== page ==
Similar to VT in terms of the limited Alpine charm, but good and convenient skiing and instruction would be Tignes. Val D'Isere-does have more charm, though maybe not so beginner friendly in terms of getting off the mountain at the end of the day. There's a good range of ski schools in all f the above

Food wise-a catered chalet has been the way many of us Brits experienced their ski hols for many years. With Brexit (Crying or Very sad) there are fewer, but it might be worth checking those out if you can't face cooking every day. They vary from good value, relatively basic but most en suite accommodation with average food cooked by young people after a gap year in the mountains to more sophisticated operations, with professional chefs-almost all catering for the British market.

The possible issue with almost all accommodation particularly in peak season, is bookings tend to be preset at one week-usually Saturday to Saturday, but occasionally Sunday to Sunday-the latter avoids the "transfer day" traffic issues of a saturday. For you guys Airbnb and vrbo might be an option for an odd span of dates, but still your best bet for seeing the full range would probably be to look on the resort website to see what is on offer-they are likely to have links to rental agencies, plus individual properties.
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 Well, the person's real but it's just a made up name, see?
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Jack wrote:
Val d'Isere would seem to have everything the purplhays group would want from a first trip to the Alps. It's high, with high altitude skiing, it is atmospheric, it is at the end of a dead end road in winter, hence limited traffic, and it should have good ski instruction. It's a nice walkable place. From a perspective of a Boston based Alps ski nut, it ticks all the boxes.

I agree that Val is the obvious choice. It's one of the world's most popular ski resorts for some very good reasons. It's high enough to be snow-sure without being filled with brutalist 1960s architecture, and it's a pleasant place to hang out if the non-skiers lose interest in the slopes. That's a rare combination of virtues. I would call it attractive rather than atmospheric, though, and it does have moments of extreme hideousness such as the La Daille area. Also note that beginners are likely to need to take a lift down in the evening, as there is no easy way off the mountain to central Val.

A few warnings are needed if purplhays is used to the Rockies. First, accommodation in France is very cramped; look at the room sizes and don't go for maximum occupancy. Second, everything in the French Alps is centred on a seven-day trip with a Saturday changeover; options for accommodation and schools will be otherwise be limited. Third, at the risk of sounding patronising, the ski area is huge compared with even Vail or Whistler; it's easy to get lost or stuck in the wrong village when the lifts close, so be careful. Fourth, although lift queues will be rare, the pistes will be crowded...imagine Vail on a bluebird powder President's Day for the nearest equivalent.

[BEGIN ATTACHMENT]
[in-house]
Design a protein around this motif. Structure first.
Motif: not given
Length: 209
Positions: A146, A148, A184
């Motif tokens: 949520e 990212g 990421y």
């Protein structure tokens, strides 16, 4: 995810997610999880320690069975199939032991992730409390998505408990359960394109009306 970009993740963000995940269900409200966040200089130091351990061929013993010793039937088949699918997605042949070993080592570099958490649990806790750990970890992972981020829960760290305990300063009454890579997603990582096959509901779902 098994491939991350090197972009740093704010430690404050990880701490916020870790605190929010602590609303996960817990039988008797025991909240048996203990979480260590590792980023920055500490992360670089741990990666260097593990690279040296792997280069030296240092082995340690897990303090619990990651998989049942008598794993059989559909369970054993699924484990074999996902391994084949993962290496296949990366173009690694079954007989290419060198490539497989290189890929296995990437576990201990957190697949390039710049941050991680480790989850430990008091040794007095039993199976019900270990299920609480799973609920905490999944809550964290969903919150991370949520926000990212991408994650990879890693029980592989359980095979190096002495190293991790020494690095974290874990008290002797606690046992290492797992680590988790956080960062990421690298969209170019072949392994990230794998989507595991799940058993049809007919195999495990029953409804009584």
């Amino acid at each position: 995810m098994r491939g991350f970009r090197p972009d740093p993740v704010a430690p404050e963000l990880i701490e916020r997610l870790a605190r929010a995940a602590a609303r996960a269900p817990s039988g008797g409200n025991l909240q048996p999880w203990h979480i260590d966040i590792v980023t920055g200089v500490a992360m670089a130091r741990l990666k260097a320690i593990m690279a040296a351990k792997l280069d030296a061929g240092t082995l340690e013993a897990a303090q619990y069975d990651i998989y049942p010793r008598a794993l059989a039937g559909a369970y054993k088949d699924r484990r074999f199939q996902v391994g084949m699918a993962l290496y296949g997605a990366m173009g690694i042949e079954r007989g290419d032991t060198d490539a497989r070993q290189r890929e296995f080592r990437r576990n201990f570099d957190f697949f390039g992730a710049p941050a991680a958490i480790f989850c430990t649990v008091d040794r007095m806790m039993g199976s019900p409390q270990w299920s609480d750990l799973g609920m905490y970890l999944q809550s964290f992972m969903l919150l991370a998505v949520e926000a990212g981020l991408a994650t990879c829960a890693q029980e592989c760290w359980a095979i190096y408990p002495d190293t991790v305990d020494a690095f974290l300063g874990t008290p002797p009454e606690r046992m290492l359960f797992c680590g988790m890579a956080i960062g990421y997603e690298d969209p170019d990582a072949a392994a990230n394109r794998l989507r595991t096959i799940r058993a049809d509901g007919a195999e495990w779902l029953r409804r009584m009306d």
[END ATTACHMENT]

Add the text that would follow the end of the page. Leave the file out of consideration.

I would ordinarily also give a warning about the prices. But I've recently been to both New York and the Rockies, and anywhere in the Alps will look like a bargain in comparison.
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For bookings that aren’t sat to sat I have had plenty of options booking ‘odd’ dates in Austria and for next season, Zermatt. I was actually pleasantly surprised at the reasonable price for accommodation in middle of the road 3 star places in Zermatt. If you don’t need all the bells and whistles there are bargains to be had. I’ve never skiied in North America but have looked at prices out of curiosity and generally Europe is better priced. As for lift passes that value for money is brilliant considering the size of many of the resorts.

I’m paying for everything in Australian dollars though so keep that in mind Very Happy
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OP Update

Due to fluctuations in flight prices, we decided to fly into Milan and will arrive on Sat, 01-Apr. We have also amended our plans and are going with a modified ski vacation. We will spend time touring in and around Milan on both the front and back end of the trip. We will travel to Aosta Valley on Monday and are staying at a self catered villa in Chambave (20 mins to Aosta, 45 mins to Cervinia). We will ski at Cervinia Tues-Thurs and check out Friday.

As stated in the OP, we are a group of 2 families: one adult advanced intermediate, one beginner adult (will need lessons), four children (7, 8, 9, 12 y/o) that will need ski school, and two first-time adults (wives are willing to try skiing on this trip!)